Dharavi, Asia’s biggest slum located in the heart of financial capital Mumbai, has reported more than 100 COVID-19 cases in the past few days. And, the numbers are still rising.
Maharashtra, the state worst-affected due to the virus outbreak, is already struggling to contain the pandemic. It accounts for 232 of the total 590 deaths reported nationwide and also has the highest number of cases as on Tuesday. And now, with Dharavi turning into a hotspot, the future only looks grim.
Social distancing, the magic word that is being preached as the most effective tool for preventing the virus spread, is essentially a myth when it comes to Dharavi. One of the major constraints in the fight against the virus in Dharavi is obviously its space crunch that leaves no ‘room’ for social distancing, but to what extent?
In a plot of about 532 acres housing nearly a million people, it is impossible to follow social distancing or maintain sanitation and hygiene. The Federal tried comparing the living area in Dharavi with one of the most populated cities in the world on various scales to gauge the real issue of the crumpled locality.
Dharavi is spread over 2.1 sq kms of land, housing a population of around seven lakh people living in small shanties stacked next to each other.
“Around 10-12 people live in each house of size 100-120 sq ft. Then they have no separate bathrooms or toilets. So they have to go out and stand outside public latrines every morning. Then how can they follow social distancing norms?” asked Baburao Mane, a former local MLA.
He said the people living there are ill-informed and need to be made aware of dangers for stricter norms to be followed. He also mentioned thousands of industries have been closed which is affecting the lives of people who are completely dependent on their daily wages.
However, it’s not just a residential settlement but an economy in itself, dealing mainly in businesses of pottery, leather, textiles and recycling industry. Almost all the businesses are single room workshops used for work in the daytime while as a house in the nights.
Estimates show that there are around 20,000 small businesses creating employment for thousands of people living inside and outside of Dharavi. The financial turnover of these informal businesses could be between $650 million to $1 billion, said a New York Times report.
According to the Census 2011, with an area smaller than the size of New York’s Central Park, Dharavi houses around seven lakh people, indicating that around 3.3 lakh people reside in each sq km or approximately in each half of the area. This makes Dharavi 10 times more crowded than Mumbai which has a population density of around 33 thousand persons per square kilometer.
Tokyo with the highest 3.7 crore residential population has a density of around 17,000 people per sq km. Hong Kong and London, on the other hand, have 6,824 and 5,930 people living in the same area. Manhattan, in the daytime, becomes one of the densest localities with around 50,000 people in each sq km area.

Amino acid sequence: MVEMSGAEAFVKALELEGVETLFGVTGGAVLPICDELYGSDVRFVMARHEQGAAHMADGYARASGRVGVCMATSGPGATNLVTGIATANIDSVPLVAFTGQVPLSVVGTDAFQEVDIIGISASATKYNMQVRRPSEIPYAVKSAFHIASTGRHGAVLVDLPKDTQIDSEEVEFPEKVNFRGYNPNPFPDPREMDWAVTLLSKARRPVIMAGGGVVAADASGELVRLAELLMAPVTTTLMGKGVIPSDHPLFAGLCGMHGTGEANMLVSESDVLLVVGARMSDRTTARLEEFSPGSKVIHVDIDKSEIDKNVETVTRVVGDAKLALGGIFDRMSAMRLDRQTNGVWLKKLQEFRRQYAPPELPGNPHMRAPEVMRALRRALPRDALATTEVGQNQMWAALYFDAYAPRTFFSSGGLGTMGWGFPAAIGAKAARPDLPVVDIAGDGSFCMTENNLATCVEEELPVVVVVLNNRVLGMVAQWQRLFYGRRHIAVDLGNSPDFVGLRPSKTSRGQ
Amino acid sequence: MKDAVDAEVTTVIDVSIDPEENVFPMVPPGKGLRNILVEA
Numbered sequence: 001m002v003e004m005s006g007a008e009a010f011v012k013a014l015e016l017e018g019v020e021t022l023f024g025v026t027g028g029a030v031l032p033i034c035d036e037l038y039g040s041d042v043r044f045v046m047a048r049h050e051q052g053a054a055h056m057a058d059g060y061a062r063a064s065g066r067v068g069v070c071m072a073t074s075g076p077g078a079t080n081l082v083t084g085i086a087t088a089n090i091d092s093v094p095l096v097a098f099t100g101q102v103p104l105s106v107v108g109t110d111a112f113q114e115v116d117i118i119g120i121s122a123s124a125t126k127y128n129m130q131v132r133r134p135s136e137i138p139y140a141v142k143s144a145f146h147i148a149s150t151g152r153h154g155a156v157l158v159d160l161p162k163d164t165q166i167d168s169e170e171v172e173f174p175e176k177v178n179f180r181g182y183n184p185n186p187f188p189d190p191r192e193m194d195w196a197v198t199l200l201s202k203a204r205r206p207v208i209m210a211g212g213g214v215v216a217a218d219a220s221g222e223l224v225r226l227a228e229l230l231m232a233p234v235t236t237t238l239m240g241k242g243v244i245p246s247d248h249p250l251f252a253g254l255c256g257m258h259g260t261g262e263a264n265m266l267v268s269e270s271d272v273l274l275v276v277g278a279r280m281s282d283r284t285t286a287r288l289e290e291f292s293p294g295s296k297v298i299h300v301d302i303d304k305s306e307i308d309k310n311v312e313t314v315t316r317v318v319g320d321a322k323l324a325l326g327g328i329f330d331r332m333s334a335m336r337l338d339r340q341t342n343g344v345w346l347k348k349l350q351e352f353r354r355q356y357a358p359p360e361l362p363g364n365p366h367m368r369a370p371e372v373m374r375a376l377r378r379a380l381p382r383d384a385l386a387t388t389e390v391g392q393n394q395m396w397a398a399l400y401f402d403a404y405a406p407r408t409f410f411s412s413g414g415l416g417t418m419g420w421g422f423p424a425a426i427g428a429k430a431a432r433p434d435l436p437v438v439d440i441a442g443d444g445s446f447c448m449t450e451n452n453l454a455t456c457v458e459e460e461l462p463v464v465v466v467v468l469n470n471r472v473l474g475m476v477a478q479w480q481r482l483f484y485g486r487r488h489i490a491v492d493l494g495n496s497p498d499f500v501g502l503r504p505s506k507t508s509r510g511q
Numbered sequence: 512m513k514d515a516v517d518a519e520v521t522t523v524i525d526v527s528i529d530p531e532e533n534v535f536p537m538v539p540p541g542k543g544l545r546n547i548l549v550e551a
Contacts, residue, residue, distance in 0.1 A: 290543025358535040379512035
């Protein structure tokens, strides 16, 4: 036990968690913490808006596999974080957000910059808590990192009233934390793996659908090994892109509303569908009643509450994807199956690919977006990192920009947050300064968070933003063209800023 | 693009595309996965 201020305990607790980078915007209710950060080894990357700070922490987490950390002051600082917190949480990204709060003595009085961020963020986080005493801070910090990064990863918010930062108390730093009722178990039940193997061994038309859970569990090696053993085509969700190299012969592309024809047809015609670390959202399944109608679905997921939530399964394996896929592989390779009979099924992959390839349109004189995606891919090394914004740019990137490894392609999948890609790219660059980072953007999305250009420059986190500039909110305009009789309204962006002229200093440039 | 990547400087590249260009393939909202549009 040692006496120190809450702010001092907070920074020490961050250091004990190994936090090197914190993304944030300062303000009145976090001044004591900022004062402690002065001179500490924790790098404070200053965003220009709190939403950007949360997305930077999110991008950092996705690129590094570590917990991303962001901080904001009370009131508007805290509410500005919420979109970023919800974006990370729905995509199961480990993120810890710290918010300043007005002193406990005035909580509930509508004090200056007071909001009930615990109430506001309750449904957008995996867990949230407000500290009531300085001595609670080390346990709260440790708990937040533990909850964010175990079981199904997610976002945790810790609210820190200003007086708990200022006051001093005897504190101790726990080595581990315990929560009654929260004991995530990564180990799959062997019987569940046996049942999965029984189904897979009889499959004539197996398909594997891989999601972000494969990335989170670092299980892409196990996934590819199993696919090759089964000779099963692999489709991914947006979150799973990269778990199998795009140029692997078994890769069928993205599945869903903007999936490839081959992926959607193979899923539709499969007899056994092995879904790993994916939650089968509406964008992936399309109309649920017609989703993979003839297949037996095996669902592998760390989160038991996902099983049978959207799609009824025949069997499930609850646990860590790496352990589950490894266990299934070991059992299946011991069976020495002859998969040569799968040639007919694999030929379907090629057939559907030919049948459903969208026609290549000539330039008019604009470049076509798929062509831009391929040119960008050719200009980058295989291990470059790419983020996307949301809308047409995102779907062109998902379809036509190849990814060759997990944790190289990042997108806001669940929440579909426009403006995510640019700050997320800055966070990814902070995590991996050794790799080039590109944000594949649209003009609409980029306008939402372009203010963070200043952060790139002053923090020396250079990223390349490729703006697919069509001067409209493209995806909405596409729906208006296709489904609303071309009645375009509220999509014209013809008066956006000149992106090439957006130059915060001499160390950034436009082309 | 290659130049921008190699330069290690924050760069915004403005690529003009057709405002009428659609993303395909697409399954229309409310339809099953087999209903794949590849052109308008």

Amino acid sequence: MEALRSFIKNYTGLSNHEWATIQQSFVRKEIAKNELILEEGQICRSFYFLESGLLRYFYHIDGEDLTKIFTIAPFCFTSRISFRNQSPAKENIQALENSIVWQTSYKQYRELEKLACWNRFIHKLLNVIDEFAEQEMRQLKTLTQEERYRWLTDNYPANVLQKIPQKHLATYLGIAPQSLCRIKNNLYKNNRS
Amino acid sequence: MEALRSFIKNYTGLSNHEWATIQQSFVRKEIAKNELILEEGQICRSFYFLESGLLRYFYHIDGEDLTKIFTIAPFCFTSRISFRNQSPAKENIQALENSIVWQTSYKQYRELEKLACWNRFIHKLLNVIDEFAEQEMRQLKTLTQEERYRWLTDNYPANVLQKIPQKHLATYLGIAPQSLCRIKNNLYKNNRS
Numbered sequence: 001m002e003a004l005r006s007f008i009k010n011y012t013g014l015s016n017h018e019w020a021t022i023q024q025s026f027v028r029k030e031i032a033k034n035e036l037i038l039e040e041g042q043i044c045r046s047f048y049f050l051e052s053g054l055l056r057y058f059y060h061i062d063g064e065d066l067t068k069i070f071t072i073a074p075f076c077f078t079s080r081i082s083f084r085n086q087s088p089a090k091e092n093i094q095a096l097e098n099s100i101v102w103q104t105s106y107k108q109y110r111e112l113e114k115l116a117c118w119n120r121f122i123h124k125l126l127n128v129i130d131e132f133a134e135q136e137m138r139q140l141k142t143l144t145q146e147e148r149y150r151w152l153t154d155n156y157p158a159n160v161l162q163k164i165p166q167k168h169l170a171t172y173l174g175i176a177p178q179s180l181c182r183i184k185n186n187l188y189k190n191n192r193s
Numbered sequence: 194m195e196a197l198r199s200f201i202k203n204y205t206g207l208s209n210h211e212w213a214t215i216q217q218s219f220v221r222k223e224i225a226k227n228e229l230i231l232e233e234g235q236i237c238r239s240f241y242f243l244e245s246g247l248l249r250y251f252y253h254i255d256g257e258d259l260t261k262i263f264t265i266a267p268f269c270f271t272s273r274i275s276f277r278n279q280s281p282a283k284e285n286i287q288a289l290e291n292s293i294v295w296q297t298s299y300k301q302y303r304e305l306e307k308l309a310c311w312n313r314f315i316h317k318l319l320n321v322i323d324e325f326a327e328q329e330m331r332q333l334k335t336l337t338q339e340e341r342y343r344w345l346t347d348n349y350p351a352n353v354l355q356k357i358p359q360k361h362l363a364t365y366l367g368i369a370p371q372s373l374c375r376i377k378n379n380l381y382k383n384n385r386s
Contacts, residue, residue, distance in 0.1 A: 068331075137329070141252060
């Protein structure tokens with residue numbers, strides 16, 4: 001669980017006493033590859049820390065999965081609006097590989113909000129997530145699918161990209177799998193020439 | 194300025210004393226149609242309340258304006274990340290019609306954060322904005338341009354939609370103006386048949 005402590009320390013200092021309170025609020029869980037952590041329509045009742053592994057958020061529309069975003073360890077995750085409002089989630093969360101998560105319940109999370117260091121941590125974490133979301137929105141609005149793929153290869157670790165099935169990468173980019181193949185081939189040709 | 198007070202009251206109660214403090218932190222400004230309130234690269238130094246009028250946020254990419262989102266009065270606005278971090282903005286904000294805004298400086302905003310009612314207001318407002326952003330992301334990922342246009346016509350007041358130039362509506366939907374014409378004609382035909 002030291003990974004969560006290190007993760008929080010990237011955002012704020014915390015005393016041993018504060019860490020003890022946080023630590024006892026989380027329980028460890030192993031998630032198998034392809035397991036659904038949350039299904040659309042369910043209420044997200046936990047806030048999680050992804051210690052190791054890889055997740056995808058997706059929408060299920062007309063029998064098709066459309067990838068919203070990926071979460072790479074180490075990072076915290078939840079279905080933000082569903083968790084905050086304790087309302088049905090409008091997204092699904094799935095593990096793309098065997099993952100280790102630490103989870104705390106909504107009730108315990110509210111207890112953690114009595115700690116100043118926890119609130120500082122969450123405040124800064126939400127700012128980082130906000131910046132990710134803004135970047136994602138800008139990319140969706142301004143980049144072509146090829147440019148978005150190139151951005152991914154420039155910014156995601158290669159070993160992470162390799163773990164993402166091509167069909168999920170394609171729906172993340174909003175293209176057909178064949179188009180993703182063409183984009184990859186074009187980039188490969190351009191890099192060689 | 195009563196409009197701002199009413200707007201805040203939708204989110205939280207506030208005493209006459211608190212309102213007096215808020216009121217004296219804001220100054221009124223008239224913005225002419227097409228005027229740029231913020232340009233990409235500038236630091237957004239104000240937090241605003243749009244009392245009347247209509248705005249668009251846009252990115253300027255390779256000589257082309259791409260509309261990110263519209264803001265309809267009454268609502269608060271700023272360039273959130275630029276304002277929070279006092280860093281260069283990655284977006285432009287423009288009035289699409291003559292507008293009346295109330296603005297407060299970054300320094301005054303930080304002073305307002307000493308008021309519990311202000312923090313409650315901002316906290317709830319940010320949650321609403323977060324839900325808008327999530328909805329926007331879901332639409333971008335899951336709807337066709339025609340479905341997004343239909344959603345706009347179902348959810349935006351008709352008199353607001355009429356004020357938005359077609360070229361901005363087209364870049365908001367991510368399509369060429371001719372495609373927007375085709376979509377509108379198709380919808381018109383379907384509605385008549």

Dharavi still remains six times more populated than that of Manhattan.
Living in a metro
Most of the residents of Dharavi live in a single room or double room shacks, some of them two-storied with the average size of the shack being about 120 sq ft, housing four to 10 people. Hong Kong, which is also known for its tiny living spaces, has an average household size of around 430 sq ft*.
Meanwhile, Tokyo, which is the most populous city in the world, averages around 709 sq ft for a house, followed by London and Mumbai with the average sizes of a household in the range of 850 square feet.
Slums in India
Among the top seven metro cities in India, Mumbai has the highest population of slum dwellers (52 lakh), followed by Hyderabad (22.8 lakh), Delhi (16.1 lakh), Kolkata (14 lakh) and Chennai (13.4 lakh). The IT hubs of the country, Bengaluru and Pune, have comparatively lesser people dwelling in slums — 7.1 and 6.9 lakh respectively.
Kiran Dighavkar, Assistant Commissioner, G North ward, Mumbai is spearheading the fight against the coronavirus outbreak in Dharavi. His ‘Mission Dharavi’ team consists of 20 doctors, 25 engineers, 50 nurses, 170 healthcare professionals, and 2,150 workers. “We have found specific zones inside Dharavi where new cases are being reported frequently and these zones have been sealed to curb the spread,” he told The Federal.
“We are trying to ensure people get all their supplies at their doorstep so they do not find any excuse to go outside. Ration, food packets and necessary medicines are being supplied to them on almost regularly. Since all of them are from financially weaker sections having meager earnings on hand-to-mouth basis, they need to be given all supplies for living and BMC is taking care of it,” he added.
Fever camps are also being organised in these zones to screen suspected patients, Dighavkar said, adding that the suspected patients are later moved to the institutional quarantine facilities and symptomatic patients are tested immediately. More than 37,000 people have been screened as on April 17, while over 200 have been tested for COVID-19 in Dharavi.
Sanitation and gathering of public at the public toilets and bathrooms is another inevitable challenge for Dharavi. Thus, all public toilets are disinfected on a daily basis with the roads and areas also being sanitised periodically. Currently, Dharavi has about 168 positive cases of the COVID-19.
*The actual sizes may be very small well below the average, which suggests the generalized scenario
*Sources: Financial Express, Reuters, World Population Review